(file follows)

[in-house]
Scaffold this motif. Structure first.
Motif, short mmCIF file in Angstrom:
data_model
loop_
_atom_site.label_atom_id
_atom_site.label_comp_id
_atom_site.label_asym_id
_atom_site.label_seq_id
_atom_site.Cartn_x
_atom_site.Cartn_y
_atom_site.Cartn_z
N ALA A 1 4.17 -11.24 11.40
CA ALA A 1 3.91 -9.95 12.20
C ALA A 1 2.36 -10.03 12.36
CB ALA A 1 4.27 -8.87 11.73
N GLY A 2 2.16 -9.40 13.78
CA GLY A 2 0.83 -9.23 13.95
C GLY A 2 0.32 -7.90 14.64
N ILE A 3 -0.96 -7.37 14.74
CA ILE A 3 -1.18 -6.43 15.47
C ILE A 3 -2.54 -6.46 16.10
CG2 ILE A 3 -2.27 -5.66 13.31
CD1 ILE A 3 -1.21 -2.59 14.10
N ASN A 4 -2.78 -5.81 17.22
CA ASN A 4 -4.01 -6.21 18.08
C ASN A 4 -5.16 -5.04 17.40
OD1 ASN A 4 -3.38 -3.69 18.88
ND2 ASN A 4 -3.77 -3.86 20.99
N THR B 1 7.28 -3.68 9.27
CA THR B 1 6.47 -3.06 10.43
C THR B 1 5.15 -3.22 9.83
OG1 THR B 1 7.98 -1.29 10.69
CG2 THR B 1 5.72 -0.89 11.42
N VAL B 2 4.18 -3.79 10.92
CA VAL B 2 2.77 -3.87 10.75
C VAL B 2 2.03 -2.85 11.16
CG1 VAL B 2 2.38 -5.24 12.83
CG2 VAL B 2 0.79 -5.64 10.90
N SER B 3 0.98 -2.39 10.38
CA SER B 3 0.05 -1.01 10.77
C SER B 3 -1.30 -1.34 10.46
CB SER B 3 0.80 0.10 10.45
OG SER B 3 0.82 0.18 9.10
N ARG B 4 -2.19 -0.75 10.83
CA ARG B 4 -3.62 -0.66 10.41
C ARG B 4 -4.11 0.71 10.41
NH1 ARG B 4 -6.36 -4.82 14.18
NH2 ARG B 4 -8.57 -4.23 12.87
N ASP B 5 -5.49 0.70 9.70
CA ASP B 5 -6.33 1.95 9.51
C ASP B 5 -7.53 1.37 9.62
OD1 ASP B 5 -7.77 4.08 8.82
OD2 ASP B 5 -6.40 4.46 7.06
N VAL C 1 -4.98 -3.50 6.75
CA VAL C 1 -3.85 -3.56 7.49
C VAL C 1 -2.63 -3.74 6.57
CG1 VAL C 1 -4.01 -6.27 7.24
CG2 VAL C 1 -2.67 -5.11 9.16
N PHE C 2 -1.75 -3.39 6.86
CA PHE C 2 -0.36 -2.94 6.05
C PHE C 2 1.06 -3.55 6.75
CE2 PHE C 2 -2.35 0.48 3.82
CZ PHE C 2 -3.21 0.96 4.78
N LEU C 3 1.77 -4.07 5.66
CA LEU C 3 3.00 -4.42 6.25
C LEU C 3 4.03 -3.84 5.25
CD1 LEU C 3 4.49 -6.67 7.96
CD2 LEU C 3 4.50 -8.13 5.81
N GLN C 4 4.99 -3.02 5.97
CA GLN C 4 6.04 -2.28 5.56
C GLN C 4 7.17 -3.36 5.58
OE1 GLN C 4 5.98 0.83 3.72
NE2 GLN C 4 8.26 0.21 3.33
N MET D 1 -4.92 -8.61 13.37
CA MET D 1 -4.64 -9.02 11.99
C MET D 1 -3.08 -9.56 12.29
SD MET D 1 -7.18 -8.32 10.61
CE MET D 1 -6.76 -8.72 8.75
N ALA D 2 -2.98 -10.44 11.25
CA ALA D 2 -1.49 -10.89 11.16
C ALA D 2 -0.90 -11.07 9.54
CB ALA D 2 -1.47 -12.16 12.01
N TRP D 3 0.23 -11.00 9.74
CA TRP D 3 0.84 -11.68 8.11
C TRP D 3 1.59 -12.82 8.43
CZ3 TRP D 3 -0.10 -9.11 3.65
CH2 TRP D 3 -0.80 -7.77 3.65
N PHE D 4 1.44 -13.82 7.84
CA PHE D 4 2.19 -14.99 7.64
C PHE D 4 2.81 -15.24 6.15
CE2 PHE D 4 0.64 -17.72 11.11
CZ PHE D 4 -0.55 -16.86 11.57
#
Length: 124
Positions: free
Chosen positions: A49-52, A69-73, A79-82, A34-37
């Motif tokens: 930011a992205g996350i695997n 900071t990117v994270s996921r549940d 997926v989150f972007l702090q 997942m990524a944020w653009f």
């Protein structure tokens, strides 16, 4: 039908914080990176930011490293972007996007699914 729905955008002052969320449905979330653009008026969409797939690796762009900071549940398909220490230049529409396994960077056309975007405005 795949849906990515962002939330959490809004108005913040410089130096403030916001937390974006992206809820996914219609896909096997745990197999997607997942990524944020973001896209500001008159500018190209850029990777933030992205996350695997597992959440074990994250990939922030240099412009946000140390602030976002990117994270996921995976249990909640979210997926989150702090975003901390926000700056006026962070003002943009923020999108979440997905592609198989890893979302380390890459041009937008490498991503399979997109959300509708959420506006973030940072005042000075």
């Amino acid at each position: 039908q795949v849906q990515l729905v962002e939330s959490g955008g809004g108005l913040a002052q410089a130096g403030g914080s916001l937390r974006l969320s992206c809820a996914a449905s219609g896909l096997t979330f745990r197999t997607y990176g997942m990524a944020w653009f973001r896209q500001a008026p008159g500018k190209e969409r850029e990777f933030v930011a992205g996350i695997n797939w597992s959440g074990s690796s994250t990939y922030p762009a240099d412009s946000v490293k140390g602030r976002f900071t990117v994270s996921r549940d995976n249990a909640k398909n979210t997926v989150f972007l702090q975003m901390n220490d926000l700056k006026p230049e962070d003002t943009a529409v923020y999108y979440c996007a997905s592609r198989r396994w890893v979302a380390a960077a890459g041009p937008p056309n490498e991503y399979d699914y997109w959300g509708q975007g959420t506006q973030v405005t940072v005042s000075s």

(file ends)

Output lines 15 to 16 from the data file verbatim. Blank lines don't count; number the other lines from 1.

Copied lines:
C ALA A 1 2.36 -10.03 12.36
CB ALA A 1 4.27 -8.87 11.73